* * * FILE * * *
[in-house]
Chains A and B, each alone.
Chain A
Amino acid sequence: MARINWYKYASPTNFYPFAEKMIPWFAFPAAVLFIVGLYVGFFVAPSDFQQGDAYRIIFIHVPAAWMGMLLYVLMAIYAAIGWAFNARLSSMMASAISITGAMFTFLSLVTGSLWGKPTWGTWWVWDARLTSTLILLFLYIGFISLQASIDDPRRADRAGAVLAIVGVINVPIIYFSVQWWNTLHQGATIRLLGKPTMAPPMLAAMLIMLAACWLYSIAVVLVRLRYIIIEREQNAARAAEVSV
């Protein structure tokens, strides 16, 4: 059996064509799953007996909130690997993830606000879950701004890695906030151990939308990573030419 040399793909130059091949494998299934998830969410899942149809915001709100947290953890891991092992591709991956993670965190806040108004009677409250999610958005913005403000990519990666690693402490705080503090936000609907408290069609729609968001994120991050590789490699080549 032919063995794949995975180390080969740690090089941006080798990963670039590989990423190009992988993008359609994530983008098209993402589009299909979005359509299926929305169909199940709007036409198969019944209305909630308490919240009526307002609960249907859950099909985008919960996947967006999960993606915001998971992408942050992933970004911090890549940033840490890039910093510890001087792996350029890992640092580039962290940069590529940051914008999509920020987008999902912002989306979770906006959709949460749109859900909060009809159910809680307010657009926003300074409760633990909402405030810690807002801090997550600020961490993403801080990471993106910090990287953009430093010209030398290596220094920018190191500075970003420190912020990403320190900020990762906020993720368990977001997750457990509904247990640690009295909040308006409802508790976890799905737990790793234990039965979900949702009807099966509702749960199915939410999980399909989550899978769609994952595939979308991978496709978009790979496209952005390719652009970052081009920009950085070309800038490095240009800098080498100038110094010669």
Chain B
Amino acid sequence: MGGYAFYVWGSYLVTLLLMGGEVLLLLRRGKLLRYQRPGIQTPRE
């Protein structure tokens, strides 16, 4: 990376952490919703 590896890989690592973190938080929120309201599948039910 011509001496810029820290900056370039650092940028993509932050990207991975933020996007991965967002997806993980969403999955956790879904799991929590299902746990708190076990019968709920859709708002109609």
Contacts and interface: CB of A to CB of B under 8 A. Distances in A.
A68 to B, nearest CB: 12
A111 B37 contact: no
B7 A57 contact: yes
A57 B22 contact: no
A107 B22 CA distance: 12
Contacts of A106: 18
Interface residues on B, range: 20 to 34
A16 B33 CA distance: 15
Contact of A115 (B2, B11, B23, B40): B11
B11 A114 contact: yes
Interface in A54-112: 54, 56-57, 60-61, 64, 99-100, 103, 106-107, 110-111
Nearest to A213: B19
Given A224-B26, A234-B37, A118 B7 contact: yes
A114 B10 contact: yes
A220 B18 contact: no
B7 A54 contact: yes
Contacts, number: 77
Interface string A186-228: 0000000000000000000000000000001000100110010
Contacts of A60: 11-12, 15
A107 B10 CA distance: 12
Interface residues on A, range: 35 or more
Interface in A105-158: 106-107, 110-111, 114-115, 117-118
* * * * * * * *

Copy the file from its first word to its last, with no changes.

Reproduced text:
[in-house]
Chains A and B, each alone.
Chain A
Amino acid sequence: MARINWYKYASPTNFYPFAEKMIPWFAFPAAVLFIVGLYVGFFVAPSDFQQGDAYRIIFIHVPAAWMGMLLYVLMAIYAAIGWAFNARLSSMMASAISITGAMFTFLSLVTGSLWGKPTWGTWWVWDARLTSTLILLFLYIGFISLQASIDDPRRADRAGAVLAIVGVINVPIIYFSVQWWNTLHQGATIRLLGKPTMAPPMLAAMLIMLAACWLYSIAVVLVRLRYIIIEREQNAARAAEVSV
């Protein structure tokens, strides 16, 4: 059996064509799953007996909130690997993830606000879950701004890695906030151990939308990573030419 040399793909130059091949494998299934998830969410899942149809915001709100947290953890891991092992591709991956993670965190806040108004009677409250999610958005913005403000990519990666690693402490705080503090936000609907408290069609729609968001994120991050590789490699080549 032919063995794949995975180390080969740690090089941006080798990963670039590989990423190009992988993008359609994530983008098209993402589009299909979005359509299926929305169909199940709007036409198969019944209305909630308490919240009526307002609960249907859950099909985008919960996947967006999960993606915001998971992408942050992933970004911090890549940033840490890039910093510890001087792996350029890992640092580039962290940069590529940051914008999509920020987008999902912002989306979770906006959709949460749109859900909060009809159910809680307010657009926003300074409760633990909402405030810690807002801090997550600020961490993403801080990471993106910090990287953009430093010209030398290596220094920018190191500075970003420190912020990403320190900020990762906020993720368990977001997750457990509904247990640690009295909040308006409802508790976890799905737990790793234990039965979900949702009807099966509702749960199915939410999980399909989550899978769609994952595939979308991978496709978009790979496209952005390719652009970052081009920009950085070309800038490095240009800098080498100038110094010669």
Chain B
Amino acid sequence: MGGYAFYVWGSYLVTLLLMGGEVLLLLRRGKLLRYQRPGIQTPRE
């Protein structure tokens, strides 16, 4: 990376952490919703 590896890989690592973190938080929120309201599948039910 011509001496810029820290900056370039650092940028993509932050990207991975933020996007991965967002997806993980969403999955956790879904799991929590299902746990708190076990019968709920859709708002109609």
Contacts and interface: CB of A to CB of B under 8 A. Distances in A.
A68 to B, nearest CB: 12
A111 B37 contact: no
B7 A57 contact: yes
A57 B22 contact: no
A107 B22 CA distance: 12
Contacts of A106: 18
Interface residues on B, range: 20 to 34
A16 B33 CA distance: 15
Contact of A115 (B2, B11, B23, B40): B11
B11 A114 contact: yes
Interface in A54-112: 54, 56-57, 60-61, 64, 99-100, 103, 106-107, 110-111
Nearest to A213: B19
Given A224-B26, A234-B37, A118 B7 contact: yes
A114 B10 contact: yes
A220 B18 contact: no
B7 A54 contact: yes
Contacts, number: 77
Interface string A186-228: 0000000000000000000000000000001000100110010
Contacts of A60: 11-12, 15
A107 B10 CA distance: 12
Interface residues on A, range: 35 or more
Interface in A105-158: 106-107, 110-111, 114-115, 117-118